Therapists are increasingly called to court to testify as practitioners or expert witnesses. How does a non-legally trained hypnotherapist prepare for a court appearance? How does he or she handle direct and, especially, cross-examination? What guidelines are recommended for routine therapeutic procedures that will ensure protection of the legal rights and interests of clients, while also meeting the legal and ethical standards of professional codes?
It is our desire to equip therapists, hypnosis experts, lawyers, and others with enough useful references and suggestions to save dozens of hours of research. It is also our intention to provide specific and detailed information about hypnosis topics that will enable therapists and lawyers going into court to prepare and perform properly.
Written primarily for clinicians who practice hypnotherapy, Trance on Trial offers a comprehensive, authoritative evaluation of the use of hypnosis in the courts, as well as practical strategies for maximizing the legal rights of clients while minimizing the liabilities of practitioners.
At the center of the legal debates over the use of hypnosis to refresh the memory of prospective witnesses are several crucial questions: What is hypnosis? How does it relate to memory in general? Can it alter a person's recall? Does it remove impediments to the perception of reality, or just strengthen a subject's belief, real or imagined? Should a person who has been previously hypnotized be permitted to testify in court? These and other fundamental questions are systematically addressed.
The book's detailed examination of both investigative and therapeutic hypnosis identifies common legal pitfalls and ways to avoid them. Receiving special attention are those actions that can jeopardize the admissibility of a client's testimony. Considered here are the ever-evolving standards of admissibility governing evidence acquired with the aid of hypnosis.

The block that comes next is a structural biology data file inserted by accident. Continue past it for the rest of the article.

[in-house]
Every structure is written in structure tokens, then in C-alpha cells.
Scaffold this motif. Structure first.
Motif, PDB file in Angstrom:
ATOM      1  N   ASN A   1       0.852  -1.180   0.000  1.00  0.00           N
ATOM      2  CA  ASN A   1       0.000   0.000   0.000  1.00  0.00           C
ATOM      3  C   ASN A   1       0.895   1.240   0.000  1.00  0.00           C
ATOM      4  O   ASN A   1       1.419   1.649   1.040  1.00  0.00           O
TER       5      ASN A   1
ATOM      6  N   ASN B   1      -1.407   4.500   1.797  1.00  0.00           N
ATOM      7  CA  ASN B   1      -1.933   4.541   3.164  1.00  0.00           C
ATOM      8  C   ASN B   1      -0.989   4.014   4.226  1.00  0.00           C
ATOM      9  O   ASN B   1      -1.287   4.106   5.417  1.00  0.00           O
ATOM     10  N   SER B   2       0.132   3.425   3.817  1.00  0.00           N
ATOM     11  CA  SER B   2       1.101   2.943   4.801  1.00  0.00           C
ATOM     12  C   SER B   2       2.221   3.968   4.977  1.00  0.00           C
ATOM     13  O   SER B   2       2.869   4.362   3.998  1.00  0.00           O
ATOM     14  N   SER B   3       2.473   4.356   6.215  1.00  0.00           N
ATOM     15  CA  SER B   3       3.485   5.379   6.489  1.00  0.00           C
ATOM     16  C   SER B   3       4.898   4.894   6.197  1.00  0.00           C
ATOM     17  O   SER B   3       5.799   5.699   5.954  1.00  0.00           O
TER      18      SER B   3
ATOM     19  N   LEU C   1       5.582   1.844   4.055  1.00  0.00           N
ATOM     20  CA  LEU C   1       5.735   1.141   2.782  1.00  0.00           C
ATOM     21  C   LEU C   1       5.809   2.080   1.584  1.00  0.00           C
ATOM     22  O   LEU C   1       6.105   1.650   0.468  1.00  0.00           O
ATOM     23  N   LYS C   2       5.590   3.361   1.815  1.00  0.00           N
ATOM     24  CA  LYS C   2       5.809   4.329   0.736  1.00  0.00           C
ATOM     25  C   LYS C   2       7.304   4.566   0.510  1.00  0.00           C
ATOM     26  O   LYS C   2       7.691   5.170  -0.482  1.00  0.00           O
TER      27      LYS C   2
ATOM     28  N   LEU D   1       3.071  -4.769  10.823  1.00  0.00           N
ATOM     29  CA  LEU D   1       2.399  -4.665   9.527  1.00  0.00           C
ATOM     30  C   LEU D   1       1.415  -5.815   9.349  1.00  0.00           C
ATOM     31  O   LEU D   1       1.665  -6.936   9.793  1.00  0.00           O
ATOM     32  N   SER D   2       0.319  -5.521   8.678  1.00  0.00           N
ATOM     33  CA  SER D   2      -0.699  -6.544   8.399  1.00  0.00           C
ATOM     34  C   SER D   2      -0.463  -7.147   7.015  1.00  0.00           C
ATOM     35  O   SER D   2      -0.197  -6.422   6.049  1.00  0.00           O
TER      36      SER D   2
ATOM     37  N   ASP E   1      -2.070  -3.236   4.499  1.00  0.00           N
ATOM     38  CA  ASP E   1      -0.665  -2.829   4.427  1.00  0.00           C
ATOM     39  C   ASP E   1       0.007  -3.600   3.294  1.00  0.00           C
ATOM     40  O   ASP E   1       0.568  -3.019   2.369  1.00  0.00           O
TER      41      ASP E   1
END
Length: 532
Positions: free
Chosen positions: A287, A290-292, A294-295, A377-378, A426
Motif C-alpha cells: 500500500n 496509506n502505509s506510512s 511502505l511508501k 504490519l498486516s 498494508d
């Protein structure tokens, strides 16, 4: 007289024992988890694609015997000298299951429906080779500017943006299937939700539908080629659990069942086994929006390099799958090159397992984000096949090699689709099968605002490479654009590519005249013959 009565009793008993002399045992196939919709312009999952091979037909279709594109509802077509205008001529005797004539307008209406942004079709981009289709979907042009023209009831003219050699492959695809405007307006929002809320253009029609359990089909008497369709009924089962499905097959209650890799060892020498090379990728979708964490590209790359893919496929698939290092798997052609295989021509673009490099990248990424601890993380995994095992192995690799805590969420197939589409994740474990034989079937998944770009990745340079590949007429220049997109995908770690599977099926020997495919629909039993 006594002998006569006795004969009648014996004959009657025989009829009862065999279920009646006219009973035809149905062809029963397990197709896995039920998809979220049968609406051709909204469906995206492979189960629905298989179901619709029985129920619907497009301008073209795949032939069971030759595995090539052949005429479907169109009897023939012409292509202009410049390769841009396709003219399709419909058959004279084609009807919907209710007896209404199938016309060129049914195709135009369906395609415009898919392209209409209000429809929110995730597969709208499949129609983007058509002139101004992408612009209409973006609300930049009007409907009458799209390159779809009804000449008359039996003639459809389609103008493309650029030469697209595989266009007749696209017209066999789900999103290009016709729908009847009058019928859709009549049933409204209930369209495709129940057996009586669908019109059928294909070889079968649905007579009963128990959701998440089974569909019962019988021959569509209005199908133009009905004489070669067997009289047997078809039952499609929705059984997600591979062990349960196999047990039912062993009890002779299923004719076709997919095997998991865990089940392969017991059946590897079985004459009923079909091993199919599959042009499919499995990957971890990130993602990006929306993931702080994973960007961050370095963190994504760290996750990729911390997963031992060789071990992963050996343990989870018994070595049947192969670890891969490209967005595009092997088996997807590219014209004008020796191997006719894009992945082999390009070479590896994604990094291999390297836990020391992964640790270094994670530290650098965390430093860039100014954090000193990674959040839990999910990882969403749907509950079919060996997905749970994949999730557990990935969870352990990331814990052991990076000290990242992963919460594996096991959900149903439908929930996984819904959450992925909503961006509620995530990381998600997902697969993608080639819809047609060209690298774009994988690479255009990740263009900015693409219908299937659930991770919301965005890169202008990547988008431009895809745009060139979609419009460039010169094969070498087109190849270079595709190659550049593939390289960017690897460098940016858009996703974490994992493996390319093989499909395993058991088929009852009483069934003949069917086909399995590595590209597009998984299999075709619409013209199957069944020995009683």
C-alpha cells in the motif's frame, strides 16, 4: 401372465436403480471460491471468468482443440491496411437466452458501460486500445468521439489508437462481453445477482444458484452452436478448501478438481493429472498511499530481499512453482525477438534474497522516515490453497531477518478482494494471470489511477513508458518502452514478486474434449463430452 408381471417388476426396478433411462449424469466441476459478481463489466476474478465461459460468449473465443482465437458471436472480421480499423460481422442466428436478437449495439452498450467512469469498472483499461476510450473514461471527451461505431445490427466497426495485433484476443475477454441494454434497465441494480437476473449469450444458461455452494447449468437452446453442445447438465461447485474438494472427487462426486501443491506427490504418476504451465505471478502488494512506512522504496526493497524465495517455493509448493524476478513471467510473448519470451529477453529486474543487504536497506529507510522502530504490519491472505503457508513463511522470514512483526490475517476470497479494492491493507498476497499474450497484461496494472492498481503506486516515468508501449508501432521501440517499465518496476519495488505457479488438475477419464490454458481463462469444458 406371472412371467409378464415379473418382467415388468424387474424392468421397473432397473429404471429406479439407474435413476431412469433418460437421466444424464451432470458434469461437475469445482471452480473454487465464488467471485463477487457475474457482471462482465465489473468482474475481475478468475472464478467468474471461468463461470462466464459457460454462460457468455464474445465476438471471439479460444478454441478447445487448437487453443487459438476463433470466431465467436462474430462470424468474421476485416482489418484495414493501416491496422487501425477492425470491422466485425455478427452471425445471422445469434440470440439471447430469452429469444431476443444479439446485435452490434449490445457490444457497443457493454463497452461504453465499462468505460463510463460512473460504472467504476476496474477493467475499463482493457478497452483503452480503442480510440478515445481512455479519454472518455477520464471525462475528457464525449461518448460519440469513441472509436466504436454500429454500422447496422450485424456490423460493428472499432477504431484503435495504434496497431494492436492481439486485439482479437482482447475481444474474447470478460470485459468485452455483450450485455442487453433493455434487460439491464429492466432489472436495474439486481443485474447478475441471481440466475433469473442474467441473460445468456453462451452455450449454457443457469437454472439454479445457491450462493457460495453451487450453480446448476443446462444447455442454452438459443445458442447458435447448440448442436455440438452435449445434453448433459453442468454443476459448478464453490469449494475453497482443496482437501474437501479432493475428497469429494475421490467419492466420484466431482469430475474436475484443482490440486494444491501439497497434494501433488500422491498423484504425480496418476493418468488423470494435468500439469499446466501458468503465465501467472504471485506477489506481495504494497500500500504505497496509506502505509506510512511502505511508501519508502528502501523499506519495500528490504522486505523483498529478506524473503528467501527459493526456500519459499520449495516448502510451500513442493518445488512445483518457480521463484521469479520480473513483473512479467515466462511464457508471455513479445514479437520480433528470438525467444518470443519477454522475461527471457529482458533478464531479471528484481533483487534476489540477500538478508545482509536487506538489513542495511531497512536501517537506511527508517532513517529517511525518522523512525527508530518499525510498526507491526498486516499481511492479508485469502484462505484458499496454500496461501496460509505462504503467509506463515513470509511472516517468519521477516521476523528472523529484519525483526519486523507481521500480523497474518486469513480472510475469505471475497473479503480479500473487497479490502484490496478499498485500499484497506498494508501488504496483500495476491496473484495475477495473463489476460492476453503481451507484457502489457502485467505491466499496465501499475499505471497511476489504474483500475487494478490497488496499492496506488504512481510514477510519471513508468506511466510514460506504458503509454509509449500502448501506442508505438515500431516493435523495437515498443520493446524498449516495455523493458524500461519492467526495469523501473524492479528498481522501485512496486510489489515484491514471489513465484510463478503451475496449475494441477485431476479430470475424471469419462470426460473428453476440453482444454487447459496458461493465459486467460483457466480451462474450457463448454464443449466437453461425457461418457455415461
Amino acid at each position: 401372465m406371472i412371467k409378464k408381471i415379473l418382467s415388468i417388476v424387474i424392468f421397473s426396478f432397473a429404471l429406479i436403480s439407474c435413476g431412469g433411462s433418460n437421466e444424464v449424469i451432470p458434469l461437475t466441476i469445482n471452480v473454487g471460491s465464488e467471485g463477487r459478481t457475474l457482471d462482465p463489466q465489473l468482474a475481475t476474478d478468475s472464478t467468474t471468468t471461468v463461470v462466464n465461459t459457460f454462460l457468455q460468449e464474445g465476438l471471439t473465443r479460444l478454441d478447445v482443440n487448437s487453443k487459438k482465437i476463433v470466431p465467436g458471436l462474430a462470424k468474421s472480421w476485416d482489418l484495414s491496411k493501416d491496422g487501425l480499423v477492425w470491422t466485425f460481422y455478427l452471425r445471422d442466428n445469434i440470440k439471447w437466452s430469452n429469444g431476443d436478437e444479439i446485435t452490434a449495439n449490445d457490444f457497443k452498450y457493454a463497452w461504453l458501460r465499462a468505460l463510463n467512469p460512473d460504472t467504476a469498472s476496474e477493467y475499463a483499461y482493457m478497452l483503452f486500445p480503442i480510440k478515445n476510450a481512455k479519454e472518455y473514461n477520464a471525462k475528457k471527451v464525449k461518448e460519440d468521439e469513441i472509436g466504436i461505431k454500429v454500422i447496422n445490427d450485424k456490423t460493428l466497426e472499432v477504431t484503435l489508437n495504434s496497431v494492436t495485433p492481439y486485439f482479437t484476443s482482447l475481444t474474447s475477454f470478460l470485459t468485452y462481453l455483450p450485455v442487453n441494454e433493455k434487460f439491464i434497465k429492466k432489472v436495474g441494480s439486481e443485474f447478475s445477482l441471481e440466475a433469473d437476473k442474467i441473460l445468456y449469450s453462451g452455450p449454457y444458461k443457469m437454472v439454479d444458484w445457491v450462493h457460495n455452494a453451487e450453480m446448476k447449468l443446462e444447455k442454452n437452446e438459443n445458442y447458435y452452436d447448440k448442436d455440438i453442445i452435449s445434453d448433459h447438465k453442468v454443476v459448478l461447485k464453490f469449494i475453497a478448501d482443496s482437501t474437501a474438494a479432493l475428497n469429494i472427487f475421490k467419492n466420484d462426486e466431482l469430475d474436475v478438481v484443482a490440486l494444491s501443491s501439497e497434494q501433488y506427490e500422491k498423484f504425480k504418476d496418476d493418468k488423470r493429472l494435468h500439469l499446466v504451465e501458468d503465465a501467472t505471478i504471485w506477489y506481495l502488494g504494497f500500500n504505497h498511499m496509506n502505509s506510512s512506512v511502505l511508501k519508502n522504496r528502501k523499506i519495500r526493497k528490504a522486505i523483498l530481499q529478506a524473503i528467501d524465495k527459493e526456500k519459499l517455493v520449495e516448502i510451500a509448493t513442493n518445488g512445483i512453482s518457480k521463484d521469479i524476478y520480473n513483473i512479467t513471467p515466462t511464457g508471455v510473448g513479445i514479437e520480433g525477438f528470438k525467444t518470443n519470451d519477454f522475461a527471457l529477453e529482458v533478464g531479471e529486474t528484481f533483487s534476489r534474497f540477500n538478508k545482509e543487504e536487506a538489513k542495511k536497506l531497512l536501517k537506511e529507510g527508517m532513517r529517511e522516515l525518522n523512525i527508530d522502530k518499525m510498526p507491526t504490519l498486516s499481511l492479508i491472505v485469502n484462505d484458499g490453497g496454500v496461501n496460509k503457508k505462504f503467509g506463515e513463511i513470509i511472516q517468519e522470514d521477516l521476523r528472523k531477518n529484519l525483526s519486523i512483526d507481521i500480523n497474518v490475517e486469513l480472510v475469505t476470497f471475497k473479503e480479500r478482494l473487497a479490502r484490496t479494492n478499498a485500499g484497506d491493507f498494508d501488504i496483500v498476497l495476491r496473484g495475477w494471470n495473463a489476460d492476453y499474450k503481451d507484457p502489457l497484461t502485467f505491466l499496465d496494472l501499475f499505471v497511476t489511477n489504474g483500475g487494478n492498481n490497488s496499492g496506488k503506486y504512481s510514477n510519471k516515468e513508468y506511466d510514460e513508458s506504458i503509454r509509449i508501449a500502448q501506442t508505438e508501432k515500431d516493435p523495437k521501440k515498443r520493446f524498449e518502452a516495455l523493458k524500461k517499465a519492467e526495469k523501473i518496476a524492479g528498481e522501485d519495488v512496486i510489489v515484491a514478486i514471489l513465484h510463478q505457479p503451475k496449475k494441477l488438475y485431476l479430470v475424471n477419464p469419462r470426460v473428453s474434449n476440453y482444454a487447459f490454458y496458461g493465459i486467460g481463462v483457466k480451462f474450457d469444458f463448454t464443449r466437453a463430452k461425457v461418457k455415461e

For the therapist called upon to testify in court--whether as an expert witness or on his or her own behalf--Trance on Trial provides reassuring guidance. It reveals the strategies lawyers commonly use--both in direct and cross-examination--and outlines effective counterstrategies. Also of note: Included in appendix format for ready reference is a state-by-state review of laws concerning hypnosis and admissibility of evidence.
While the legal history of forensic hypnosis may be relatively modern, it is becoming an increasingly complex and controversial issue. Illustrated with numerous case examples, enlivened by simulated direct and cross-examination exchanges, and extensively referenced to the current legal and psychiatric literature, Trance on Trial is an invaluable resource for hypnotherapists, hypnosis researchers, forensic psychiatrists and psychologists, and lawyers.
"The use of hypnosis in the judicial system has created a massive tar baby that can cause serious complications for even the most accomplished expert. Scheflin and Shapiro ease the reader into the salient issues and provide practical tips for negotiating the treacherous web of legal embranglements. This combination of riveting prose and comprehensive scholarship make Trance on Trial required reading for psychotherapists and attorneys concerned with any aspect of hypnosis in the courtroom. Moreover, studying this book prior to practicing hypnosis will prove prophylactic for practitioners in this age of litigation." --Jeffrey K. Zeig, Ph.D., Director, Milton H. Erickson Foundation "Scheflin and Shapiro make a signal contribution....They provide a useful discussion of theoretical issues in hypnosis and memory and offer a number of valuable suggestions for the hypnotist who must testify in court....Everyone who is interested in hypnosis, memory, and eyewitness testimony should read this book." --"Contemporary Psychology"
Series: Guilford Clinical and Experimental Hypnosis Series
Number Of Pages: 390
Published: 1st August 1989
Publisher: Guilford Publications
Country of Publication: US
Dimensions (cm): 23.5 x 15.24
Weight (kg): 0.51